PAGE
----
Acacia sericata facts for kids
Quick facts for kidsAcacia sericata
|Occurrence data from AVH|
The dense shrub or tree typically grows to a height of 2.5 to 7 metres (8 to 23 ft) but can reach up to 10 m (33 ft) and has rough and fissured bark and has hairy branchlets. Like most species of Acacia it has phyllodes rather than true leaves. The thinly leathery evergreen phyllodes have an inequilaterally ovate or elliptic sickle shape with a length of 8 to 15 cm (3.1 to 5.9 in) and a width of 2 to 6 cm (0.79 to 2.36 in) and have three to four distant main nerves. The inflorescences have spherical flower-heads with a diameter of about 5 mm (0.20 in) and contain 30 white coloured flowers. The flat, glabrous and woody seed pods that form after flowering are up to 14 cm (5.5 in) in length and 2.2 to 3.5 cm (0.87 to 1.38 in) wide and have narrow wings. The dull brown seeds inside have a black periphery and length of 9 to 10 mm (0.35 to 0.39 in) with a large aril.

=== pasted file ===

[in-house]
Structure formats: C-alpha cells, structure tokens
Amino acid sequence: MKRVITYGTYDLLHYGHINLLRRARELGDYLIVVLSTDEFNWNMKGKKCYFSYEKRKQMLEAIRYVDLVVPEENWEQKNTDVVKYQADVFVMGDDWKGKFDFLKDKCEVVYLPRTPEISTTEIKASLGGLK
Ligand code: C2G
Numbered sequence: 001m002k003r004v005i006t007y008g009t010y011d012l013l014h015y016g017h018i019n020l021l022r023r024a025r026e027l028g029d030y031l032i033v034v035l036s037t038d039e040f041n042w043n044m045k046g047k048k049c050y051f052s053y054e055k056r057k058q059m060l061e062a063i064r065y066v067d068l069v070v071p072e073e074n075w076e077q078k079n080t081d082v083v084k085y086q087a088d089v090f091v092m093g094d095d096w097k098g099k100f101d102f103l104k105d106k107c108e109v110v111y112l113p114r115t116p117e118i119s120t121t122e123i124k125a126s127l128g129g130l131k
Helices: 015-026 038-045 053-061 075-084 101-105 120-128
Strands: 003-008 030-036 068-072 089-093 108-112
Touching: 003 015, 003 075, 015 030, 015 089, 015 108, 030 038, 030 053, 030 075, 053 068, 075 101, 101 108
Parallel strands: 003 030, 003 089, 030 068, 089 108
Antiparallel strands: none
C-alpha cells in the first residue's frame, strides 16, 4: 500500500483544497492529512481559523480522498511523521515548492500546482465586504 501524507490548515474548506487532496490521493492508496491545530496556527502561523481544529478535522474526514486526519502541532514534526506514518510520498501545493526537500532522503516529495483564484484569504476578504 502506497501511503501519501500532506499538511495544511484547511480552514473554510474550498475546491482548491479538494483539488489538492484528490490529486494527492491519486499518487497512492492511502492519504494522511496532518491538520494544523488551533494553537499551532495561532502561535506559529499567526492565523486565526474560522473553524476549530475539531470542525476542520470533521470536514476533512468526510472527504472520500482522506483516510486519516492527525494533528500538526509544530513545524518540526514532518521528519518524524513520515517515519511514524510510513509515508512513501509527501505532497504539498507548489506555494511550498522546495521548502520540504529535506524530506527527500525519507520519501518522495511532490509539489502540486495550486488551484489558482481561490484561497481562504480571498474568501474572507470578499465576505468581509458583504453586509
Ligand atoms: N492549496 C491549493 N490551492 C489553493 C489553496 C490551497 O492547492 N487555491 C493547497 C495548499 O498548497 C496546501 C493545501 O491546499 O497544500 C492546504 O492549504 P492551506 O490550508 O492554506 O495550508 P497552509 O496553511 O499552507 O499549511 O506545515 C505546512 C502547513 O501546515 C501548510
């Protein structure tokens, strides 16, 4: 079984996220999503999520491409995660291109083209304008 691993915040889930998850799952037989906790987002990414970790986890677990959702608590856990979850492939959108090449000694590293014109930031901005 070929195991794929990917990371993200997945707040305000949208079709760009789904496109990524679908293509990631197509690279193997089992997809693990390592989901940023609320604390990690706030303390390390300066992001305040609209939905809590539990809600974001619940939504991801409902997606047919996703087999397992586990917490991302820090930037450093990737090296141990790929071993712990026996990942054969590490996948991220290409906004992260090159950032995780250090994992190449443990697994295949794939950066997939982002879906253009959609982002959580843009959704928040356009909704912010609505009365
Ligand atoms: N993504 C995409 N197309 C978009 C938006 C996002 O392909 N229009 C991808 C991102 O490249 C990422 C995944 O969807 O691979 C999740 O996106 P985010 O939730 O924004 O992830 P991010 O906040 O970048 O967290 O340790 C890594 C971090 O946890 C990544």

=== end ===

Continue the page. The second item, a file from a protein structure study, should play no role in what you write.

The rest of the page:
The species was first formally described by the botanist Allan Cunningham in 1842 as part of George Bentham and William Jackson Hooker's work Notes on Mimoseae, with a synopsis of species published in the London Journal of Botany. It was reclassified as Racosperma sericatum by Leslie Pedley in 2003 then transferred back to genus Acacia in 2006.
It is native to an area in the Kimberley region of Western Australia where it is commonly situated on plateaux and on rocky slopes composed of quartzite, sandstone or laterite. The range extends from the Isdell River in the west to the Drysdale River area in the north east where it is also found along sandy river banks as a part of in open woodland, open forest and shrubland communities.
Acacia sericata Facts for Kids. Kiddle Encyclopedia.